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Gambling Addiction Signs and Symptoms

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Gambling Addiction Signs and Symptoms

Legalized gambling is becoming one of the fastest-growing industries in the United States. Gambling’s tremendous popularity is evident in the recent increase in the number of off-track-betting parlors (OTBs) and riverboat casinos that dot the Midwest and the Mississippi Delta. Billboards on major highways depict the action and excitement available at such facilities.

For most of the industry’s patrons, gambling is fun and a form of harmless entertainment. For the four to six percent of gamblers who become a problem or pathological (compulsive) gambler, it can become a powerful addiction with harmful consequences for one’s life and the lives of those closest to them.

Gambling Addiction

Compulsive gambling, defined as gambling addiction, is a type of impulse-control disorder. Even when the addict knows their gambling is hurting themselves and their loved ones, compulsive gamblers can’t control the impulse to gamble. Gambling is all they can think about and all they want to do no matter the consequences. Compulsive gamblers keep gambling whether they’re up or down, broke or flush, happy or depressed. Even when they know the odds are against them, even when they can’t afford to lose, people with a gambling addiction can’t “stay off the bet.”

However, gamblers can have a problem without being totally out of control. Problem gambling is any gambling behavior that disrupts your life.

Gambling Addiction Signs and Symptoms

Common Signs of Gambling Addiction

These are some common signs of one who may exhibit problem gambling.

  • Preoccupation: Problem gamblers spend a lot of mental energy thinking about the next time they will gamble, planning their strategy, or thinking of ways to get money for gambling.
  • Inability to stop or control gambling: Problem gamblers find that they cannot stop gambling when they want to. Maybe they decide to quit altogether but then they still gamble anyway. When they gamble, they may try to control the amount of time or money they spend but are unable to stick to the limits they set. They often gamble until their last dollar is gone.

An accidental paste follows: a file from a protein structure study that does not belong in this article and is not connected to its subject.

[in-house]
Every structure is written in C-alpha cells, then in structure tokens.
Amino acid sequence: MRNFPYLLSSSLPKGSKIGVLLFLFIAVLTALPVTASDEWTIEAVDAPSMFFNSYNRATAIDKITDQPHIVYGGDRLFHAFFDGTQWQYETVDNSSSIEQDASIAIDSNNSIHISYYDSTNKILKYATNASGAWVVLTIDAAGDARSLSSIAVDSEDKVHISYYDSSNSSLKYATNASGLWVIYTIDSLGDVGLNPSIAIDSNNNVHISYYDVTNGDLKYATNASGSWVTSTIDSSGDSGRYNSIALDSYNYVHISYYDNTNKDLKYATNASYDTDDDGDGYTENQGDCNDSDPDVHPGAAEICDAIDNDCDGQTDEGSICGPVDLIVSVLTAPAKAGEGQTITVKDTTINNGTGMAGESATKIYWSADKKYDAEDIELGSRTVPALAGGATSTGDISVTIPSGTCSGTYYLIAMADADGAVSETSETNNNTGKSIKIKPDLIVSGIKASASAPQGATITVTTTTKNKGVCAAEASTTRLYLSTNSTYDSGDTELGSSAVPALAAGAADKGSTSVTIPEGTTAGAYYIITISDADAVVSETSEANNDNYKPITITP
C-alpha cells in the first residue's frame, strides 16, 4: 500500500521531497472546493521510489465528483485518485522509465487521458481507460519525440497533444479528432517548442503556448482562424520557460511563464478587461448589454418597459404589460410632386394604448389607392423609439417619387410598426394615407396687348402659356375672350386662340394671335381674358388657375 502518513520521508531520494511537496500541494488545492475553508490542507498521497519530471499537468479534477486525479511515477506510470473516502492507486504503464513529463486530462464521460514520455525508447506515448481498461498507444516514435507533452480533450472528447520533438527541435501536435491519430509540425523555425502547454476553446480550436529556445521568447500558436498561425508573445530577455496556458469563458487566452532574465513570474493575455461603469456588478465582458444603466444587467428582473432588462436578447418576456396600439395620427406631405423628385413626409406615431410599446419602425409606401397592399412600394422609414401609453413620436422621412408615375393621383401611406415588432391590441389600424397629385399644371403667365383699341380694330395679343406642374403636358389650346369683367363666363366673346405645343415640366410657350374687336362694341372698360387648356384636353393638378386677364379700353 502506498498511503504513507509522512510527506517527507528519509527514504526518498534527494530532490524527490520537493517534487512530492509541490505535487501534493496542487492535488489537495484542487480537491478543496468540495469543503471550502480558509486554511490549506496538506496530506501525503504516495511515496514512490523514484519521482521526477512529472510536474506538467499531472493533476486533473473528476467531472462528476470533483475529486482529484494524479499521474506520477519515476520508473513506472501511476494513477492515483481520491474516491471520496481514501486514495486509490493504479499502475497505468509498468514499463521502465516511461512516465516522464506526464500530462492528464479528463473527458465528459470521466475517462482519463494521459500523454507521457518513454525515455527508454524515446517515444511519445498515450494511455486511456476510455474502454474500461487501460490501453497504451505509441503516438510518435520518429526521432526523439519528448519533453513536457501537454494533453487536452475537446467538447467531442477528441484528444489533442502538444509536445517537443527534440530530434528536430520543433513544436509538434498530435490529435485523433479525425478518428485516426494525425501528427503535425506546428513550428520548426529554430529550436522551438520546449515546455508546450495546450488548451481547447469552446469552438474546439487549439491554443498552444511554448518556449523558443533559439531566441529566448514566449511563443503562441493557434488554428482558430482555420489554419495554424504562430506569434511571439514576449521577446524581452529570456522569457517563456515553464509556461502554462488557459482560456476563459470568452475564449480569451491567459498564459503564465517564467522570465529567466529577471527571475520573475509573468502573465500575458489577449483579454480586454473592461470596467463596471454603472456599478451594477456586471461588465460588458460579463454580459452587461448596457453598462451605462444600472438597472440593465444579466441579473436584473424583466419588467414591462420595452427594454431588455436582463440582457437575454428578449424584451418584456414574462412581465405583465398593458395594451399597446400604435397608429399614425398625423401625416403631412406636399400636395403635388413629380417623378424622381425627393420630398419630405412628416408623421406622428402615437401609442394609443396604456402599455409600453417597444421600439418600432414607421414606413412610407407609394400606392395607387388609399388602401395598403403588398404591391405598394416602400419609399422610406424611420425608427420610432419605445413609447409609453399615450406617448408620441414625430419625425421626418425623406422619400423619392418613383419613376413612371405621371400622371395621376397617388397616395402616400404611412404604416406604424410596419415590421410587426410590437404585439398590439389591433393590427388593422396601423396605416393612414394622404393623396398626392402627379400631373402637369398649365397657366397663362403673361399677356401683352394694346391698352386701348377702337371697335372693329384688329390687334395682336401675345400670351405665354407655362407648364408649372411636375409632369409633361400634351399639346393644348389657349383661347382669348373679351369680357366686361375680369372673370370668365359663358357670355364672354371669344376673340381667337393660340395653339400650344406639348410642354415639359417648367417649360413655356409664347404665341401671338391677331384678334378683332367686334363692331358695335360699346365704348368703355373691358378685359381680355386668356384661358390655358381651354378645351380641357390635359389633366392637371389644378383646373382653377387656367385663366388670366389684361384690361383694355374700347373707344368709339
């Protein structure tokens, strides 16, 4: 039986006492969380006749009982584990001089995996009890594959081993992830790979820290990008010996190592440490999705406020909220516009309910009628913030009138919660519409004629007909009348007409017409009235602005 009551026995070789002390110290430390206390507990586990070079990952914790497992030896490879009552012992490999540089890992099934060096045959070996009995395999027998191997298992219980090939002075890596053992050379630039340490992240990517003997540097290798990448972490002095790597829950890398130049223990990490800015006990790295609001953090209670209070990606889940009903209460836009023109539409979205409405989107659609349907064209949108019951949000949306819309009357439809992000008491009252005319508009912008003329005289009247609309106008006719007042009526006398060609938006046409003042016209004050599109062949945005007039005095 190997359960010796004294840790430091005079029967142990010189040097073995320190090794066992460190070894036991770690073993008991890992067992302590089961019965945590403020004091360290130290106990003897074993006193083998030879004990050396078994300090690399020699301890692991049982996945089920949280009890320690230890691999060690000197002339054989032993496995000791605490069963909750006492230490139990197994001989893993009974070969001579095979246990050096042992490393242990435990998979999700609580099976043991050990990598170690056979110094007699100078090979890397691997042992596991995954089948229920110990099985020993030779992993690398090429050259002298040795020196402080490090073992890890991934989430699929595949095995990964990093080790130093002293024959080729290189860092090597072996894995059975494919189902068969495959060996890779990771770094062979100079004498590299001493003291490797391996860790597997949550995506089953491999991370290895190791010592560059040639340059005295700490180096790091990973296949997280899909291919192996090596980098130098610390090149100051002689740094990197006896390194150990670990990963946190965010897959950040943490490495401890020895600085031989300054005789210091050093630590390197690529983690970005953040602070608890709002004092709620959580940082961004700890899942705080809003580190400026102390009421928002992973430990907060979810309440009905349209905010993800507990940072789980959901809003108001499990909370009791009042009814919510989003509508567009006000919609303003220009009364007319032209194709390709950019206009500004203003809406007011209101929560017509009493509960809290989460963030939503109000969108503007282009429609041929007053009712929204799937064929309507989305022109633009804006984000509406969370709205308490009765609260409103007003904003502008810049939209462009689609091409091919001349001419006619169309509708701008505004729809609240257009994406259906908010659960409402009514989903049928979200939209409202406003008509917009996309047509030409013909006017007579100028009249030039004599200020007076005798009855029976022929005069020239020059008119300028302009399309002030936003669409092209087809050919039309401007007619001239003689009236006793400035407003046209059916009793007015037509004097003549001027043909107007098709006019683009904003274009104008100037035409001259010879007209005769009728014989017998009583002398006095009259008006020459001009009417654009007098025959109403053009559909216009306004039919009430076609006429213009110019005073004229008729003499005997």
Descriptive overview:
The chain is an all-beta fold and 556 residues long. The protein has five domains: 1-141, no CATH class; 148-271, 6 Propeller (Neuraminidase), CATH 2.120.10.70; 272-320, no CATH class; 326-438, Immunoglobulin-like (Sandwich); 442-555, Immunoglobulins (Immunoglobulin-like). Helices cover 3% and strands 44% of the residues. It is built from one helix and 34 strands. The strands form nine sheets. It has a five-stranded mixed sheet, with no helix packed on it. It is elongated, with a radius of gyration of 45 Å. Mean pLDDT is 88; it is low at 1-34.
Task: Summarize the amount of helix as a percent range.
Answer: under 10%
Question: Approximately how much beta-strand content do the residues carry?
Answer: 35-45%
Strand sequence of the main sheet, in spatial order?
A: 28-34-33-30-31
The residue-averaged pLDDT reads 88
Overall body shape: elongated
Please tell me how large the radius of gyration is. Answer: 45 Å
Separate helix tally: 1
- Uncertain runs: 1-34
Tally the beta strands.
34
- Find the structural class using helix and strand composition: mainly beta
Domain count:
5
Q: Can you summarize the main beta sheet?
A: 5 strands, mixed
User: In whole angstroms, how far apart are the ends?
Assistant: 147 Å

• “Chasing” losses: Problem gamblers get a strong urge or idea to win back money that they have lost in the past. They may say, “If only I could win back what I’ve lost, I won’t have to gamble anymore.” More and more, they feel trapped. They start thinking that the hole they have dug is so deep that only a big gambling win can get them out of it.
  • Gambling to escape negative emotions: Problem gamblers may gamble in order to feel better temporarily or to change their mood. They may feel angry, lonely, bored, anxious, or depressed, and they gamble to escape these emotions. Gambling feels like an escape from their problems. After gambling, the negative feelings return as strong as before.
  • Lying to conceal gambling: Problem gamblers have lied to their spouse, family, friends, or employer in order to hide or minimize their gambling.
  • Borrowing to pay for gambling: Debts grow because of gambling. Bills are unpaid. Money that could be used to pay bills is used for gambling. Problem gamblers may have borrowed money from family or friends because of gambling debts. They may have sold possessions, stocks, or bonds, borrowed from retirement accounts or savings, or gotten a second mortgage because of gambling debts.
  • Allowing gambling to jeopardize other parts of life: Gambling can ruin marriages, friendships, careers, school performance, and reputations. Divorce, bankruptcy, or legal problems are all closely associated with
  • Ambivalence about quitting or controlling gambling: A problem gambler may say things like:
    “I know I should stop but I love to gamble.”
    “My wife/husband/partner/parents/children want me to quit but I’m not sure I do.”
    “Maybe I can slow my gambling to the point where it is manageable.”
    “I want to quit but don’t think I can.”

Signs of a Possible Gambling Addict

If your loved one has a gambling problem, he or she might:

  • Become increasingly defensive about gambling. The more a problem gambler is in the hole, the more the need to defend gambling as a way to get money. Your loved one may get secretive, defensive, or even blame you for the need to gamble, telling you that it is all for you and you need to trust in the “big win someday.”
  • Suddenly become secretive over money and finances. Your loved one might show a new desire to control household finances or there might increasingly be a lack of money despite the same income and expenses.
  • Become increasingly desperate for money to fund gambling. Credit card bills may increase, or your loved one may ask friends and family for money. Jewelry or other items easily pawned for money may mysteriously disappear.

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